Ravens' Baxter played hurt last season

OWINGS MILLS — The human body is a remarkably flexible structure, but it's not a rubber band.

Last season, Baltimore Ravens cornerback Gary Baxter felt as if his midsection was being ripped apart. The Texas native started every game even though he had aggravated an abdominal hernia incurred during childhood to the point where his stomach was leaking fluid.

"I'm not going to get too graphic, but the hernia did do some things that raise the eyebrows," said Baxter, who finished the season with 106 tackles and three interceptions. "Last year, I felt like my top half was one piece and my bottom was another piece and I was trying not to pull myself apart.

"I felt like I was going to blow a gasket it hurt so much, but I got through it and now I'm feeling strong again."

Baxter underwent surgery in February and was limited to individual drills during minicamps. Entering his fourth NFL season, Baxter anticipates operating at full-speed by the start of training camp at McDaniel College and predicts he'll be stronger and faster after addressing this medical ailment.

"I didn't know I could feel this good," Baxter said. "It's going to be in the back of my mind a little bit when I get out there, but I feel a lot better than last season when I was about 70 percent."

During the Ravens' AFC wild-card playoff loss to the Tennessee Titans in January, Baxter appeared to be in severe discomfort while trying unsuccessfully to adjust to an underthrown Steve McNair pass that Justin McCareins turned into a 49-yard touchdown pass.

Ravens trainer Bill Tessendorf said the team is confident precautions taken because of the backpedaling, sprinting and twisting required at cornerback will allow Baxter to return to full strength.

"He's going to get some discomfort in there because of the tearing down of scar tissue," Tessendorf said. "He's got some sutures in there that are stabilizing the mesh. Gary is starting to get proud of his six-pack abs. He told me felt great and might even be faster now. We'll see."

In December, eight Ravens were picked for the Pro Bowl, a franchise record.

When Ravens coach Brian Billick informed the team who was named to the AFC squad, Baxter congratulated his all-star teammates, including safety Ed Reed and cornerback Chris McAlister.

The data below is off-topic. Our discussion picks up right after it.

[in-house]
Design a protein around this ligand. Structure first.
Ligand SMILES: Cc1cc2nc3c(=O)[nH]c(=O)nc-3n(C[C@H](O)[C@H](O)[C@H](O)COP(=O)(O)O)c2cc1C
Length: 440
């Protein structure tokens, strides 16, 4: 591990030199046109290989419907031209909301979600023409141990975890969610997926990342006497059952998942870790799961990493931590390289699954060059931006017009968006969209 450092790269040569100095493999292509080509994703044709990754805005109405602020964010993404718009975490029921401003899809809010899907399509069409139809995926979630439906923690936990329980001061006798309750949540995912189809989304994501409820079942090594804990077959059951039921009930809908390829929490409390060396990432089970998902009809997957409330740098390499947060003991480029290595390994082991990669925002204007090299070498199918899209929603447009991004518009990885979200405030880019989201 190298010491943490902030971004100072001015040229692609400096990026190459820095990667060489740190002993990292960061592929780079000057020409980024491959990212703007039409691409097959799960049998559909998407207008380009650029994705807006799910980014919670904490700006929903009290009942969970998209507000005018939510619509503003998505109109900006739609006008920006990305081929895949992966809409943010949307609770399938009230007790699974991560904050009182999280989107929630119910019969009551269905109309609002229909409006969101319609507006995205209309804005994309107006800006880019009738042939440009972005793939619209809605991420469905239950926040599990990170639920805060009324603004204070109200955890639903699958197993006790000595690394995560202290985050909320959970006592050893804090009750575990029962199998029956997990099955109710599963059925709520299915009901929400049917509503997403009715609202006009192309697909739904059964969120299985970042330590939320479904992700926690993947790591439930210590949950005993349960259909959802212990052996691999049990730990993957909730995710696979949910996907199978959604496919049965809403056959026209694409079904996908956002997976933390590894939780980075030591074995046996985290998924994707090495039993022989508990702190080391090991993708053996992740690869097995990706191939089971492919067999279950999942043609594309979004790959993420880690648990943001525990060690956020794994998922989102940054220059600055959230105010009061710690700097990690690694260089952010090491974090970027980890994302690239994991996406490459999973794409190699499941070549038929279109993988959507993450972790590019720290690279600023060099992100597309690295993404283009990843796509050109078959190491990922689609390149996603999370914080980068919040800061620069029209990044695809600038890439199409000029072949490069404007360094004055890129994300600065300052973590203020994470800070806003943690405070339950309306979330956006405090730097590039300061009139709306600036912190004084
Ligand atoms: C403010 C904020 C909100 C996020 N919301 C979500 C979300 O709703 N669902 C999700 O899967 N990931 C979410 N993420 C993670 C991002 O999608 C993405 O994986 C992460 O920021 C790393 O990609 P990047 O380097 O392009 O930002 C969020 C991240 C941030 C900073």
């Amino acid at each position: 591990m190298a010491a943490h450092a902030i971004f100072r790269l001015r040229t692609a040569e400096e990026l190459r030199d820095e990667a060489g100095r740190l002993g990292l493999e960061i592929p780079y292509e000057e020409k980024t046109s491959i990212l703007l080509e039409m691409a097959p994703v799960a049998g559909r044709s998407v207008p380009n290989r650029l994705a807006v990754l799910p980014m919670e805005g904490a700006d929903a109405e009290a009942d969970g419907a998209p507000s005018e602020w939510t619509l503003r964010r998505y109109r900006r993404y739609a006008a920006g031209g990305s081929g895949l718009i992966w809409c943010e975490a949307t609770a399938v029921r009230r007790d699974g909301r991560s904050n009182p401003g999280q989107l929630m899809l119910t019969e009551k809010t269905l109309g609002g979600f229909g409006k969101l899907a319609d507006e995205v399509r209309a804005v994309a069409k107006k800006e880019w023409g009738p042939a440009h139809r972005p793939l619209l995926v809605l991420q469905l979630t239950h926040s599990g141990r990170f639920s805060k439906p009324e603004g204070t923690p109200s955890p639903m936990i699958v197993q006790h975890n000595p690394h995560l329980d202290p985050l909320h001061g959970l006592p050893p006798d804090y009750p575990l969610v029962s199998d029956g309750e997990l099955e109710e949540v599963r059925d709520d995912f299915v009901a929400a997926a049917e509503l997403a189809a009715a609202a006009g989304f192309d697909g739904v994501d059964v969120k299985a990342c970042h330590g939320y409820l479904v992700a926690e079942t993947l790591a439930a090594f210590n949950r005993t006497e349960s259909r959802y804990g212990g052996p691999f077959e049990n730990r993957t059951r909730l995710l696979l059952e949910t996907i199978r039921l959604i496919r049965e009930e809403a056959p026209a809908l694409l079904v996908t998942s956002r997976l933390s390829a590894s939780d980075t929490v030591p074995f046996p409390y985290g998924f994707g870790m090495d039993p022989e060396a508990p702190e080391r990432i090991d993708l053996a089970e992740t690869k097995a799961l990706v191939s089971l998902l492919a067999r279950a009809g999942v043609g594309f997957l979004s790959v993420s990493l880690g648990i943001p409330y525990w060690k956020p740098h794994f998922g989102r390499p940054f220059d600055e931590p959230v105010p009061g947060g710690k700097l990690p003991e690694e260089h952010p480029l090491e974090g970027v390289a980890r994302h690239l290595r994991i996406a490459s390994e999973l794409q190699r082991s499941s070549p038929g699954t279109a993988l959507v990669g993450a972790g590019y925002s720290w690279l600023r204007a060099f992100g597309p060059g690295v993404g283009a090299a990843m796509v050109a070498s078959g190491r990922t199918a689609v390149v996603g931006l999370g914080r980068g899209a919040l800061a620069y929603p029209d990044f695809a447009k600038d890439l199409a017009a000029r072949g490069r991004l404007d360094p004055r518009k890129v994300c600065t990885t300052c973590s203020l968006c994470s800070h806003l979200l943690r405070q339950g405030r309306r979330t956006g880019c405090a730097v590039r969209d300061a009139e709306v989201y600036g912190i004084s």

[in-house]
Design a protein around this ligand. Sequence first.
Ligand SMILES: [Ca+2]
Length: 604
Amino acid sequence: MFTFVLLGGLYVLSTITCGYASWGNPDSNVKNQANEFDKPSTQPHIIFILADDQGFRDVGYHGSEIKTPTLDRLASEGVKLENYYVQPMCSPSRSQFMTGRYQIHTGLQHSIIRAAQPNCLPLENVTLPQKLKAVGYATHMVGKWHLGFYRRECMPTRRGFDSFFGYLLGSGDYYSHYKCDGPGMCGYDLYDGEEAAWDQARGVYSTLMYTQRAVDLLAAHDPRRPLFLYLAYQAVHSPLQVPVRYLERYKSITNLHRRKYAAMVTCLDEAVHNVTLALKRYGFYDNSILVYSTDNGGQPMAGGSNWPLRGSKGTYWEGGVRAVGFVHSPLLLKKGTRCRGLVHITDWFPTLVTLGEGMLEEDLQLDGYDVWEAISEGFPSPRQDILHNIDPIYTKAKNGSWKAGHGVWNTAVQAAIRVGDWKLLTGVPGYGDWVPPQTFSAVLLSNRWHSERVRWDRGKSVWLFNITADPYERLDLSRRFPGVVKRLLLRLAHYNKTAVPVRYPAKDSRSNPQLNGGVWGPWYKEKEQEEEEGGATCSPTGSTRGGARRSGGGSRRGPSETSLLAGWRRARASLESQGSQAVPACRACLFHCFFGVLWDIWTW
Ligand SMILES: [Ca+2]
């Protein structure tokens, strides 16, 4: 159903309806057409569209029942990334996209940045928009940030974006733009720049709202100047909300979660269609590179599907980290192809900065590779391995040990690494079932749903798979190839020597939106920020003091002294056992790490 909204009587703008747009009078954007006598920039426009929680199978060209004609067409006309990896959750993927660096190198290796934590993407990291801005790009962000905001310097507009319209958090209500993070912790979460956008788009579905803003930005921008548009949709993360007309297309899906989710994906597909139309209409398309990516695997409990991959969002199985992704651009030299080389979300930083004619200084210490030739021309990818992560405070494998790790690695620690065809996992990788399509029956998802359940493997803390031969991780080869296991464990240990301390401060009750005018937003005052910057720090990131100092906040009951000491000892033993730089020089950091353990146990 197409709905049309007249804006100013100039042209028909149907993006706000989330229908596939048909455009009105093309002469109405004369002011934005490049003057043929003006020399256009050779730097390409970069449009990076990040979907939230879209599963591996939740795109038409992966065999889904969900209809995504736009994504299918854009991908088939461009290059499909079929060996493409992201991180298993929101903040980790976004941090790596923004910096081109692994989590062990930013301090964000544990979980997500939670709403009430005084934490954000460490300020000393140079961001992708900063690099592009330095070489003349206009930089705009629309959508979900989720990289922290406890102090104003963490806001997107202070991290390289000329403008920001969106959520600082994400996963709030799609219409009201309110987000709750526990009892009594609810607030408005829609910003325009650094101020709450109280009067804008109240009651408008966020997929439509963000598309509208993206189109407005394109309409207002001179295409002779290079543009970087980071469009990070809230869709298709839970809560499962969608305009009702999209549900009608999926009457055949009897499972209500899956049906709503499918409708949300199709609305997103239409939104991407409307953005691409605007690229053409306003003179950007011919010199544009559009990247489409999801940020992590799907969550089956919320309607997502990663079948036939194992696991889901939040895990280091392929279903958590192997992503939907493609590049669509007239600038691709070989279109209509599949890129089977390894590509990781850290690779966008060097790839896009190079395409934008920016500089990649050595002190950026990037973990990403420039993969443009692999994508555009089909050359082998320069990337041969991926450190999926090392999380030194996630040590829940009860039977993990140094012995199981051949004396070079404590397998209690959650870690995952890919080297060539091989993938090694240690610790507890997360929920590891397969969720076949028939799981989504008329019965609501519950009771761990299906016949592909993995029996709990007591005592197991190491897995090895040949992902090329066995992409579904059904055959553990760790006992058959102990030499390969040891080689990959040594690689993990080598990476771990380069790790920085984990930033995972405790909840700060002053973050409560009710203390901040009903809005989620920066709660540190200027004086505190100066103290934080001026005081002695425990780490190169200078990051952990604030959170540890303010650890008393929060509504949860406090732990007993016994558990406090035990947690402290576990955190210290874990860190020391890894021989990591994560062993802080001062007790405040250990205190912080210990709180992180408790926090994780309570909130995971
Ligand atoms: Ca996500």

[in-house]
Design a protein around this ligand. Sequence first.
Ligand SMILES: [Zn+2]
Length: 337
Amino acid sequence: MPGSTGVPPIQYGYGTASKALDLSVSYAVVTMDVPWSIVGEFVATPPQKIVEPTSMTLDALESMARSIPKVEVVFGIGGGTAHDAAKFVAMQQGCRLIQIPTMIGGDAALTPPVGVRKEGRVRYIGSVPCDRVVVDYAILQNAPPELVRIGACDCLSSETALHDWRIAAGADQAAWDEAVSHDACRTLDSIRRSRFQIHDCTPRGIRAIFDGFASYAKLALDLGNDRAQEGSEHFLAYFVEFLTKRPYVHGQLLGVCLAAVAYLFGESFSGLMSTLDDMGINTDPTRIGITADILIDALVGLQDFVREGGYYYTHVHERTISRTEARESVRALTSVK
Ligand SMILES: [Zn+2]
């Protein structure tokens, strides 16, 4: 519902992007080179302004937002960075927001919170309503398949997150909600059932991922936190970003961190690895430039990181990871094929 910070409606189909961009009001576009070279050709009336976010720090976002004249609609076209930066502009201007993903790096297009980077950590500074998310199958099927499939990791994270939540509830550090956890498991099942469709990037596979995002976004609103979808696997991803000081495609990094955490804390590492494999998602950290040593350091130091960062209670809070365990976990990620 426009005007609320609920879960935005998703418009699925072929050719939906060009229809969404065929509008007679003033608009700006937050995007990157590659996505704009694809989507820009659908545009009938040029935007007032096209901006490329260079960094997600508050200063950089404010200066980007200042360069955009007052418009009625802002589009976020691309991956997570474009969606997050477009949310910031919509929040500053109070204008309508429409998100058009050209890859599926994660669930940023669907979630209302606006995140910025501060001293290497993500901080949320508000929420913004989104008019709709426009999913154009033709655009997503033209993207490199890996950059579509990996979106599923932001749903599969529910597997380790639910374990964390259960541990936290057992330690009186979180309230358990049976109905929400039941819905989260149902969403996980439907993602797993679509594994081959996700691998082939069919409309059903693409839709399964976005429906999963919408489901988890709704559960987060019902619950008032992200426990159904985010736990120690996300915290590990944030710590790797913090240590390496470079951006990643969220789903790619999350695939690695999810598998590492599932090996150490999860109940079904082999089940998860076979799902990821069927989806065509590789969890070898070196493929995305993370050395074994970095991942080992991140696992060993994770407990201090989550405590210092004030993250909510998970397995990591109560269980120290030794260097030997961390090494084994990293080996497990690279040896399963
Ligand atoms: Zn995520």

Defensive coordinator Mike Nolan noticed the hurt in Baxter's eyes when he didn't hear his name called.

"I put my arm around Gary's shoulder and I told him, ‘Your time will come,'" Nolan said. "And it will. He has all the talent and toughness that you need to be one of the best cornerbacks in the league."

Baxter hasn't forgotten that moment. "That meant a lot to me, that the coaches see that I want it really bad," Baxter said.

Baxter began last season starting at free safety before injuries to veteran defensive back Corey Fuller prompted the coaching staff to line up Baxter opposite McAlister for the majority of the second half of the season. Now, the plan is to leave Baxter at cornerback and shift Fuller to safety.

The former second-round draft pick from Baylor recorded three sacks and 12 pass deflections one year after tallying 90 tackles with 20 pass deflections during his first season as a starter.

Despite the pain in his gut, of course.

"That doesn't surprise me about Gary," Billick said. "He's a tough guy and it was a very painful injury, although not dangerous."

Baxter attended the Pro Bowl as a guest of Reed and McAlister, going to the parties, soaking up the scenery accorded to the NFL glitterati. It only amplified his desire to be officially invited by the league next time.

No longer hindered by the hernia or the decision to deploy him at cornerback are two factors Baxter points toward as he hopes for a banner season.

"I was happy that my guys made the Pro Bowl, but it put a lot of wood on the fire," said Baxter, who's scheduled to become an unrestricted free agent after the season. "When I was at the Pro Bowl, I told myself, ‘This is where I want to be next year.' It made me very hungry."

Aaron Wilson writes for the Carroll County Times.

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